Thursday, November 13, 2008

Getting up to speed on Afghanistan

Tom Englehart is pessimistic about U.S. prospects in Afghanistan under our incoming regime:

... after January 20th, expect Obama to take possession of George Bush's disastrous Afghan War; and unless he is far more skilled than Alexander the Great, British empire builders, and the Russians, his war, too, will continue to rage without ever becoming a raging success.

Anita Inder Singh, a Swede who is currently a professor at the Centre for Peace and Conflict Resolution in New Delhi, provides some data points that illuminate why Obama's hope of rescuing the Afghan debacle with European assistance is a pipe dream. Not only are European citizens unwilling to see their soldiers killed in the Hindu Kush, but their governments absolutely aren't going to pay to rebuild the place.

One of the deeper causes of the problems facing Karzai and NATO is that both the military and reconstruction efforts in Afghanistan have been among the most inadequately funded peace-building operations in the world since 1945.

In effect, there are 1.2 NATO soldiers for every thousand Afghans, or four soldiers per thousand if the 85,000-strong Afghan security forces and all NATO personnel -- totaling 143,000 - are taken into account. In contrast, there are 20 NATO soldiers per 1,000 inhabitants in Kosovo, and nineteen per thousand in Bosnia. Underfunding has also left most Afghan soldiers and policemen poorly trained and ill-equipped to take on the Taliban. ...

NATO countries have not given enough for reconstruction. Foreign aid to Afghanistan has been a mere $57 per capita per year. This is "peanuts" in comparison to aid to Kosovo and Bosnia, which received annually $526 and $679 per capita respectively.

In reality, Afghanistan was never something Europe saw any need to throw down about. It is unlikely that Obama's popularity with European citizens will be enough to persuade their governments to risk getting in deep and reaping the unpopularity that will eventually fall on those who support this failed venture.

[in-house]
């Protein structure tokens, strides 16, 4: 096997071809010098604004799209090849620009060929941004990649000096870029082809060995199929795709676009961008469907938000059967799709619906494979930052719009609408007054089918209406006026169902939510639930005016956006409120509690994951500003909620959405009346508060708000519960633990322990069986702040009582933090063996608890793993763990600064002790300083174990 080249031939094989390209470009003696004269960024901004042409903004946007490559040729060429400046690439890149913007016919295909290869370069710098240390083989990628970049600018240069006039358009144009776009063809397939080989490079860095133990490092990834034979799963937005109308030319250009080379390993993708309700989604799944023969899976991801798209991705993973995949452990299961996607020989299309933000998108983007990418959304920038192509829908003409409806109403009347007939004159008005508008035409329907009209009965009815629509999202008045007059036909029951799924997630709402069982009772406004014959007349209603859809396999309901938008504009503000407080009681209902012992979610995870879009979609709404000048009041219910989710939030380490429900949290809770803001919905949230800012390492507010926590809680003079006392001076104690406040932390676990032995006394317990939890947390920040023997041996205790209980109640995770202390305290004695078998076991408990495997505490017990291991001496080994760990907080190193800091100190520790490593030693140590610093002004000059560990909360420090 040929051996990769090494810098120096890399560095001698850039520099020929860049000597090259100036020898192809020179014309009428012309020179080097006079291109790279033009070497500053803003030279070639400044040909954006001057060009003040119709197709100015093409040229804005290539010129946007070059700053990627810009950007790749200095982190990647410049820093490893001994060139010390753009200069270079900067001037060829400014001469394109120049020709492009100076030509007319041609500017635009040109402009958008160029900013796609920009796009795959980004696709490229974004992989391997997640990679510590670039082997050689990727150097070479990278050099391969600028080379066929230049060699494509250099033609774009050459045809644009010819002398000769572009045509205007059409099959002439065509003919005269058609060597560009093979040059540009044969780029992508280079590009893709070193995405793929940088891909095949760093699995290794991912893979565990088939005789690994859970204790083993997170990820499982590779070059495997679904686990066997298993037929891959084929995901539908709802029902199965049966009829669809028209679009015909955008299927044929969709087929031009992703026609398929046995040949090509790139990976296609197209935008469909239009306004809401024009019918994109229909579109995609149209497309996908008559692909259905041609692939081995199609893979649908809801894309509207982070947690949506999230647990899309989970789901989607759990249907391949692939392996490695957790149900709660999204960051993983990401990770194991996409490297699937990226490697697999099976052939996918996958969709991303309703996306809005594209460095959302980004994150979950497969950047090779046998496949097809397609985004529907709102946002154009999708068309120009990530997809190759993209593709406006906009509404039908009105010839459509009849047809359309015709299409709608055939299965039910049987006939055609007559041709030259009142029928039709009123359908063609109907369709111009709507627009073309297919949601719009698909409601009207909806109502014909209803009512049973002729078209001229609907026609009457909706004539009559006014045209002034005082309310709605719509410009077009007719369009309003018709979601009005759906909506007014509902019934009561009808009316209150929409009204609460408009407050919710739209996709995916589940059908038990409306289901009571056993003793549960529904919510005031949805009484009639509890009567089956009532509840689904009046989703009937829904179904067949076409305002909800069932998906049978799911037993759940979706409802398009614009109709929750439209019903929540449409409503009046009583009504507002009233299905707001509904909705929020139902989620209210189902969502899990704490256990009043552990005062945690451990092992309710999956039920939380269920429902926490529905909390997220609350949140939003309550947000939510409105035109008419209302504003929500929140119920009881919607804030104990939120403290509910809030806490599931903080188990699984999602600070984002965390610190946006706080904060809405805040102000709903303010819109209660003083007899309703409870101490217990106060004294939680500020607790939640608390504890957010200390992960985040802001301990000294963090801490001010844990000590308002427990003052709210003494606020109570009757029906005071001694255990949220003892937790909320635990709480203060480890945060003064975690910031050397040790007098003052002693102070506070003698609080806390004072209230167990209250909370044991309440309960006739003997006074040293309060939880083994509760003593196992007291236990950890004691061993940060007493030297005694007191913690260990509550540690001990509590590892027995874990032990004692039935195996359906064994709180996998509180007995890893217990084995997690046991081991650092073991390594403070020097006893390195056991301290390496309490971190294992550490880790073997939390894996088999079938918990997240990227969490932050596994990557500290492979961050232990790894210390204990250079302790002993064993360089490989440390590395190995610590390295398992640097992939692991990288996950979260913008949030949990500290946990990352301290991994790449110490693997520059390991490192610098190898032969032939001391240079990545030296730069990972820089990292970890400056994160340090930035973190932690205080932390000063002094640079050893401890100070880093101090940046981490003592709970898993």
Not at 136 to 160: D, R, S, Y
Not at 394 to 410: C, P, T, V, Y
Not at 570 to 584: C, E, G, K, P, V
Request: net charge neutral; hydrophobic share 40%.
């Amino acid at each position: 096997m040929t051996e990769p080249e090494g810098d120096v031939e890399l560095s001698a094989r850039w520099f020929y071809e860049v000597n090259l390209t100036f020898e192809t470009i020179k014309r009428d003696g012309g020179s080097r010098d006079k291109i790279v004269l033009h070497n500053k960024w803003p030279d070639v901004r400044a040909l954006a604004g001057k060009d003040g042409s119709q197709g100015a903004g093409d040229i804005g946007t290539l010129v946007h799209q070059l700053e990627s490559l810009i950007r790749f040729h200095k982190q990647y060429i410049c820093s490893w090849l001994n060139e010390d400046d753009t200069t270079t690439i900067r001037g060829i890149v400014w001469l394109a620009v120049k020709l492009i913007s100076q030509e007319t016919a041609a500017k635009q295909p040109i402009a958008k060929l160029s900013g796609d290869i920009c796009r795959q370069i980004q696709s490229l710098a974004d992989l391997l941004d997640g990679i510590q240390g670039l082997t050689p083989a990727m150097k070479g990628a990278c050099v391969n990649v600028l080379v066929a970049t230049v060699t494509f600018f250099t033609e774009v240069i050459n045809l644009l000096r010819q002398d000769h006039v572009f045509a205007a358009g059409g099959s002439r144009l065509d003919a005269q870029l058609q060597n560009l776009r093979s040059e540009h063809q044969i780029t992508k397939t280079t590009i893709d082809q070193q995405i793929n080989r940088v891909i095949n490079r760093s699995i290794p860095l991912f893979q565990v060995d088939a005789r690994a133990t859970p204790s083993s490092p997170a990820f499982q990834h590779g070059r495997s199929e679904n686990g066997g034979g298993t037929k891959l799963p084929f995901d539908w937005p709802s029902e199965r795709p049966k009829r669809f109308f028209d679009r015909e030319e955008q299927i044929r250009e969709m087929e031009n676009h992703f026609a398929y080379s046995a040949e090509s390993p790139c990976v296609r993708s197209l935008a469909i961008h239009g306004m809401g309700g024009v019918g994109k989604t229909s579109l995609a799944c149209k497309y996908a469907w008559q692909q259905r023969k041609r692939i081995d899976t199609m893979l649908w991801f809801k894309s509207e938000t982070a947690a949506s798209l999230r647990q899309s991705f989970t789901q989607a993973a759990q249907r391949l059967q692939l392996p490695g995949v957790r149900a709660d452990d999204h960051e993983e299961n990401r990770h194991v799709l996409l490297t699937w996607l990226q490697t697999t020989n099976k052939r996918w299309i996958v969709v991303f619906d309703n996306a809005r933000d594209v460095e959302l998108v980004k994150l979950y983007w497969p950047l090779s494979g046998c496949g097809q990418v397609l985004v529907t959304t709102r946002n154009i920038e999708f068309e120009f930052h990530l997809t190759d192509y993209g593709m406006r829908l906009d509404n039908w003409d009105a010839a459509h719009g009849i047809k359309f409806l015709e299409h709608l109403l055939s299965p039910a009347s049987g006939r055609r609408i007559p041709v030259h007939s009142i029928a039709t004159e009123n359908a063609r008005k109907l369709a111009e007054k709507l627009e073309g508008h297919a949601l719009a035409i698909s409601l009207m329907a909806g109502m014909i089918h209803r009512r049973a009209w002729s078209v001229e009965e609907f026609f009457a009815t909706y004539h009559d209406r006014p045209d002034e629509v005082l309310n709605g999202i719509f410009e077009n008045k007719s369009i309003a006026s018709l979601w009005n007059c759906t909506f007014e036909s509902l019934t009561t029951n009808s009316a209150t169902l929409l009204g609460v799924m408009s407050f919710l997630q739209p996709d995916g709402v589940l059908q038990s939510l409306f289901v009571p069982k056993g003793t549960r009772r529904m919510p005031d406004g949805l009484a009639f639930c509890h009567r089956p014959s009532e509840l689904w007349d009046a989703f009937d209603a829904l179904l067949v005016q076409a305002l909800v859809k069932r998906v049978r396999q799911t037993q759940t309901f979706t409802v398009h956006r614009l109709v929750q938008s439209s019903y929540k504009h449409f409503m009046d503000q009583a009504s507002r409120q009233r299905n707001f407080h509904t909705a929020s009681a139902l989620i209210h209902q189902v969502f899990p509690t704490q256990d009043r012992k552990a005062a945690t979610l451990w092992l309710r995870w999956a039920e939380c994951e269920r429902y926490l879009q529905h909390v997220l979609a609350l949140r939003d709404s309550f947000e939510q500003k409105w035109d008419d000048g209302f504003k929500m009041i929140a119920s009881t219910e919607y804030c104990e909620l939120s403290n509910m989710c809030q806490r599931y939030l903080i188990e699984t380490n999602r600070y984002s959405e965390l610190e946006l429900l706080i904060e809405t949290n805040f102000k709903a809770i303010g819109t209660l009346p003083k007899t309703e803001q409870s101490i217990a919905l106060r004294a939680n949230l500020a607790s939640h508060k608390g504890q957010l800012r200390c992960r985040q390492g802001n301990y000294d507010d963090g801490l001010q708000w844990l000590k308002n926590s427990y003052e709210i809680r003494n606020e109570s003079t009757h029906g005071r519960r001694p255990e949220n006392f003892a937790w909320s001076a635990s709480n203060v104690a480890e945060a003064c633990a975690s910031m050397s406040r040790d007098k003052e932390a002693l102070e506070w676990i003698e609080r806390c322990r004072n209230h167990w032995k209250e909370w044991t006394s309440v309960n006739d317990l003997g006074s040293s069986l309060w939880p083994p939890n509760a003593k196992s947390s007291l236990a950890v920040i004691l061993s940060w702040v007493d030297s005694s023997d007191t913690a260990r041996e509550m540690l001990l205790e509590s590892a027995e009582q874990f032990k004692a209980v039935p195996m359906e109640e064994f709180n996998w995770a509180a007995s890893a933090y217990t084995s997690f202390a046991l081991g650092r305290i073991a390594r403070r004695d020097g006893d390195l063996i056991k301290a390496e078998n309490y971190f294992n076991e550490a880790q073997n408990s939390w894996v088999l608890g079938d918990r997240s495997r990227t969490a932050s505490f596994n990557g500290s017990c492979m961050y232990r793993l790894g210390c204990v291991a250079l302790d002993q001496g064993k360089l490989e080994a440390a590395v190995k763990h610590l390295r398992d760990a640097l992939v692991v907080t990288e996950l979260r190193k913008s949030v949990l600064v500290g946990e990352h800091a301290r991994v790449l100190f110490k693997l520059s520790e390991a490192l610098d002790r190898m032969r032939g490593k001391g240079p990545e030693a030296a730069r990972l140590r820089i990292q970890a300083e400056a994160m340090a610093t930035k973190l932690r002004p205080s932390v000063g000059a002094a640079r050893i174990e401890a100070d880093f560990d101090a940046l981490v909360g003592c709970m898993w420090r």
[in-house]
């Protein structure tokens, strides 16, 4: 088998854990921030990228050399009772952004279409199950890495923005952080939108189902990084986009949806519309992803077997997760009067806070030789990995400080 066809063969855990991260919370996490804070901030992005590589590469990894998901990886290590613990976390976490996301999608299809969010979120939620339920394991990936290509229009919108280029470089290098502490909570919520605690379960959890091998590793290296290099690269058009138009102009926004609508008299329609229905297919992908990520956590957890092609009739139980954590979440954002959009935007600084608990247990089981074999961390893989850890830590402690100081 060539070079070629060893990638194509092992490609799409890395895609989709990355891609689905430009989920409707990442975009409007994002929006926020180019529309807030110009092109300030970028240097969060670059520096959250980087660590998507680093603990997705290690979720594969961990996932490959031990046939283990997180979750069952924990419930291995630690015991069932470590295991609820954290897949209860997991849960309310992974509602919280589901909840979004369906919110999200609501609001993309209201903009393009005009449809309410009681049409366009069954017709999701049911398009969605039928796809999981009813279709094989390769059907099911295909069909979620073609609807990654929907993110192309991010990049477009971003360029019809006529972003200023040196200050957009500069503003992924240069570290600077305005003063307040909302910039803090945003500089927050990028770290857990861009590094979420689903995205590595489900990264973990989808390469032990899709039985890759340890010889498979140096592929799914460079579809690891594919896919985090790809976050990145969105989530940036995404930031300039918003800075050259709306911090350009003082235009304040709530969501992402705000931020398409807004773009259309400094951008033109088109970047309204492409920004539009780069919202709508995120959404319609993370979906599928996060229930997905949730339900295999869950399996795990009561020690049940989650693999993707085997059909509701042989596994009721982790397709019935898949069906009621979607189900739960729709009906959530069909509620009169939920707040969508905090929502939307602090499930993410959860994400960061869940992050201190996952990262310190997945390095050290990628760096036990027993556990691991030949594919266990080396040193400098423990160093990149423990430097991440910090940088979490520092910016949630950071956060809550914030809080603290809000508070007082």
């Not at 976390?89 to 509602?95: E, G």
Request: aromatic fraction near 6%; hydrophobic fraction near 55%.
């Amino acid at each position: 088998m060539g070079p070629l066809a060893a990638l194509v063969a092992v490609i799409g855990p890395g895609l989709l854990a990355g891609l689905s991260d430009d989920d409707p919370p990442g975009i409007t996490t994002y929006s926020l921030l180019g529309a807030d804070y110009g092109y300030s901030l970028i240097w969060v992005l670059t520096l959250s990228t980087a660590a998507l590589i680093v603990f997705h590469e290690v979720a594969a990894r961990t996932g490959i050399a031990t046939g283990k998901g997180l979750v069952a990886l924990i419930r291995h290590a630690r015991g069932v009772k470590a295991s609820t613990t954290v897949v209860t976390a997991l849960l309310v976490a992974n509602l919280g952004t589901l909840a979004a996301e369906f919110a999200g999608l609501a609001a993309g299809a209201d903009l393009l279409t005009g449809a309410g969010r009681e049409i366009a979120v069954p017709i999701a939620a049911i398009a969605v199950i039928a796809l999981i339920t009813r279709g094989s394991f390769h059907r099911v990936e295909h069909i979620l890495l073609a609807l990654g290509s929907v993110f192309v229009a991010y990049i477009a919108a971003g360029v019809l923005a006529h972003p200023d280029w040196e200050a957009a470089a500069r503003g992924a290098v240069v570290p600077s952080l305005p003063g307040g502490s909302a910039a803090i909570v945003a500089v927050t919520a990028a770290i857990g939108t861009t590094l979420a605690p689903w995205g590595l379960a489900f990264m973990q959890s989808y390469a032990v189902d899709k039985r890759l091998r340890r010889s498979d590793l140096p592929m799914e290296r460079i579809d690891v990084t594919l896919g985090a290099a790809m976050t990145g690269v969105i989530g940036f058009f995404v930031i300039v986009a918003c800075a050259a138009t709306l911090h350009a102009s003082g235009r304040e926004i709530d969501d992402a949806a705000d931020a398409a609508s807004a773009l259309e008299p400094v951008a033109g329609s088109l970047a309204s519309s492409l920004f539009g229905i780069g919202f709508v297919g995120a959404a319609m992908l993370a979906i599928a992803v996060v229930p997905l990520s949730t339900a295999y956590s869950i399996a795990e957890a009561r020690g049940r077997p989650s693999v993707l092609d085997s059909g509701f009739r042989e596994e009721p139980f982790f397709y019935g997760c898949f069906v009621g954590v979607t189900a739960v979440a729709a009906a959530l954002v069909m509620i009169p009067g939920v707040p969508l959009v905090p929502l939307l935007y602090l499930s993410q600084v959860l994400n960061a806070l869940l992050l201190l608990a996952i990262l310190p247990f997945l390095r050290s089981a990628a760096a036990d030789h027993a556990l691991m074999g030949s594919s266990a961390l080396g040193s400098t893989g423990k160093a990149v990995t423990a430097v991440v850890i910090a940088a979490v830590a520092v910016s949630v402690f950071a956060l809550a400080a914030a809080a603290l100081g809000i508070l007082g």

Meanwhile, its pretty clear that the Taliban are on their way back to power. See for example journalist Nir Rosen's dramatic account of traveling with the insurgents under the noses of NATO forces. Rosen describes the Taliban as being less extremely puritanical than when they last held power, even willing to put up with popular practices, such as educating some girls, which they outlawed last time around.

This devastating news clip from Al-Jezeera suggests Rosen was deceived. H/t Juan Cole.

Yet, disgusting as the Taliban's acts are, the Obama administration will almost certainly be forced to negotiate with them if Afghanistan is reach any kind of stability. There is no alternative. The U.S. right wing will go bonkers with rage when this inevitably result of George Bush's failures becomes apparent in the conflict that Democrats have tried to claim as the "right war."
Insofar as any peace movement has survived the election campaign and the economic crisis, getting up to speed on Afghanistan is essential. This is another failed imperial adventure. Perhaps at one time it might have been something like a justifiable short term intervention, but as of now, the U.S. has managed to render both Afghanistan and neighboring Pakistan worse off than before we began blundering around in their countryside, bombing and killing their people.

At the very least, we -- the peace movement -- owe Afghans an informed witness to their plight and agitation for reconstruction assistance.


Naj said...

Getting up to speed with Afghanistan requires a profound understanding of the Afghan psych. The Afghan psych is not necessarily fully represented by the will of the Kabul residents.

For the neo-coloizers, aka "freedome fighters" of this century it is essential to understand that if democracy is what they preach, then democracy is not necessarily what looks like in their western countries.

I am Iranian, and as you may know Iran'd been housing the largest refugee population of the world; i.e. over two million Afghans--even during the years that Iran was fighting with Iraq.

Afghan labour in Iran has been as essential as the illegal mexican labour has been to California. My father has been employing many Afghans for all sorts of jobs; those with education made it up to office work; those without stayed in field work. Their anecdotes to my dad, in the past few years since Freedome invasion, has invariably been that life under Taliban was "safer" was "better".

A phenomenon like Taliban arises from a "need" in a war torn country like Afghanistan; in a country that is the heart of opium drug cartels, a country plagued by half a century of FIGHTING off the colonizers.

In any case, I don't think TAliban can be uprooted from Afghanistan unless there is enough Afghan Will to stand up to Taliban's ideological premise. And Hamid Karzai, a hand picked figure with corrupt associations is not the man to do it.

Darlene said...

Obama promised early in his campaign that one of the first things he would do if elected was to close Guantanamo. I believe he will do so, but if he doesn't we must hold his feet to the fire.

The problems this creates are numerous. Where to incarcerate those who are probably terrorists. Who will hold the trials. And where to release those with little, or no, evidence against them where they won't be tortured. Bush really made a terrible mess to straighten out. (Of course this is just one of many.)

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